Also, you can compare performance differences from DirectX 11 to 12, or from OpenGL to Vulkan… but it is impossible to draw conclusions from these results. Is the DirectX 11 driver that good, or is the DirectX 12 engine that bad for a given game/GPU? Or perhaps the other way around? Was OpenGL that bad, and is the Vulkan engine that good for a given game/GPU?

Okay, but what about performance?

The main advantage of this new programming model in DirectX 12/Vulkan is also a potential disadvantage. I see a parallel with the situation of compilers versus assemblers on the CPU: it is possible for an assembly programmer to outperform a compiler, but there are two main issues here:

  1. Compilers have become very good at what they do, so you have to be REALLY good to even write assembly that is on par with what a modern compiler will generate.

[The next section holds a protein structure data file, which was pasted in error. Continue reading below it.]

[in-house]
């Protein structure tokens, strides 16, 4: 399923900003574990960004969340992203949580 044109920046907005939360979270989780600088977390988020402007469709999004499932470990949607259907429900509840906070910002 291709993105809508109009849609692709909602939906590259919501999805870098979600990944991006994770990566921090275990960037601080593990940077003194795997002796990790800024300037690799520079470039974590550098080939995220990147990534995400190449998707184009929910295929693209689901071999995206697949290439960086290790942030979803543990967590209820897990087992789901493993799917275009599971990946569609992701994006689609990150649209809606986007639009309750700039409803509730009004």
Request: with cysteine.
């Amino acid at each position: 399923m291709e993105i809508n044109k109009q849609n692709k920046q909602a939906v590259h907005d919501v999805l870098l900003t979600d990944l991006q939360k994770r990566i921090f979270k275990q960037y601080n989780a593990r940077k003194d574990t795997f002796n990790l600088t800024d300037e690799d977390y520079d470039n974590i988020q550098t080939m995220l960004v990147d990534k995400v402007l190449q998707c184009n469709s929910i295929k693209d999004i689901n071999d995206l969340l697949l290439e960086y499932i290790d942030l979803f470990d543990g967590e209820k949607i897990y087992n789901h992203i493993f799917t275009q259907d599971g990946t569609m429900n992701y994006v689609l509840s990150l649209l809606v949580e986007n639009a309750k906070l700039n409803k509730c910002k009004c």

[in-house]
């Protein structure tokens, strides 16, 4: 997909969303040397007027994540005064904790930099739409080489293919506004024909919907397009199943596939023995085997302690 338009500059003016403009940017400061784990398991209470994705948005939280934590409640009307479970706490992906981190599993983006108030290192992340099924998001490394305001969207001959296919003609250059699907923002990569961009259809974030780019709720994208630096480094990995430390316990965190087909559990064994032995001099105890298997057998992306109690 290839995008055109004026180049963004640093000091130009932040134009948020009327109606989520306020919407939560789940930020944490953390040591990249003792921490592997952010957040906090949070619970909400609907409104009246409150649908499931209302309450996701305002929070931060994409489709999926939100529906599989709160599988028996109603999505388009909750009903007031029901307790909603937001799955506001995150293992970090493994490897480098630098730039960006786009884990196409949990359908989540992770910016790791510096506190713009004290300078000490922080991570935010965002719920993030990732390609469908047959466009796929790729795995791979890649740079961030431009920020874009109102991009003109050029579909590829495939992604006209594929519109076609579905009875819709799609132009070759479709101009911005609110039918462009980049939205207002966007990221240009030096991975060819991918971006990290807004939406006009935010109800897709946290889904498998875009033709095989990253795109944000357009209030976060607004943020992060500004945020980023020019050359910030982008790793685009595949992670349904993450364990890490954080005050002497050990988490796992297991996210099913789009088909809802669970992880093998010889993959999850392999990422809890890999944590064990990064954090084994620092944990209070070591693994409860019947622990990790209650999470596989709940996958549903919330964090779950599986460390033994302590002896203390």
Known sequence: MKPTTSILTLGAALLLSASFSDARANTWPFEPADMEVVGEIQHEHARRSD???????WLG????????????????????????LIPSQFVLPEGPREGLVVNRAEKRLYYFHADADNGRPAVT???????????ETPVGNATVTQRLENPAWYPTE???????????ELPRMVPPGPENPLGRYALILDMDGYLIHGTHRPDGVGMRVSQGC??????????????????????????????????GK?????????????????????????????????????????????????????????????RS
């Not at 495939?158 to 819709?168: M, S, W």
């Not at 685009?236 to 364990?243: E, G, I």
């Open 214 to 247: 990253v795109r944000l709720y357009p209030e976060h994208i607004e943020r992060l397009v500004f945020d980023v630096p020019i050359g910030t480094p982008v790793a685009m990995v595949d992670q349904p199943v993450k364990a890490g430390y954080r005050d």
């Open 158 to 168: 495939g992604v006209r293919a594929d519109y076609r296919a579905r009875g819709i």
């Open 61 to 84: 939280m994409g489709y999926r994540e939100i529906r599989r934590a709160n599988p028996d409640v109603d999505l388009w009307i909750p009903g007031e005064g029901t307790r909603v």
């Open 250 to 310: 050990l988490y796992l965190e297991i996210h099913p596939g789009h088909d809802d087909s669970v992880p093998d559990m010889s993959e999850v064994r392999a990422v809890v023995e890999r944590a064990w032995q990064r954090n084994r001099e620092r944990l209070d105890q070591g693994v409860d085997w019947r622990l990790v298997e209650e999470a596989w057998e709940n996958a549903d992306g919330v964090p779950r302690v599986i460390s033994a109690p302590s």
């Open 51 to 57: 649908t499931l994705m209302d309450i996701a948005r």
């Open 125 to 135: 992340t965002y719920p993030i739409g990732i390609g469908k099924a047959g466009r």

2. Optimizing assembly code can only be done for one CPU at a time. Chances are that the tricks you use to maximize performance on CPU A, will not work, or even be detrimental to performance on CPU B. Writing code that works well on all CPUs is even more difficult. Compilers however are very good at this, and can also easily optimize code for multiple CPUs, and include multiple codepaths in the executable.

In the case of DirectX 12/Vulkan, you will be taking on the driver development team. In DirectX 11/OpenGL, you had the advantage that the low-level resource management, synchronization and such, was always done by the driver, which was optimized for a specific GPU, by the people who built that GPU. So like with compilers, you had a very good baseline of performance. As an engine developer, you have to design and optimize your engine very well, before you get on par with these drivers (writing a benchmark that shows that you can do more calls per second in DX12 than in DX11 is one thing. Rendering an actual game more efficiently is another).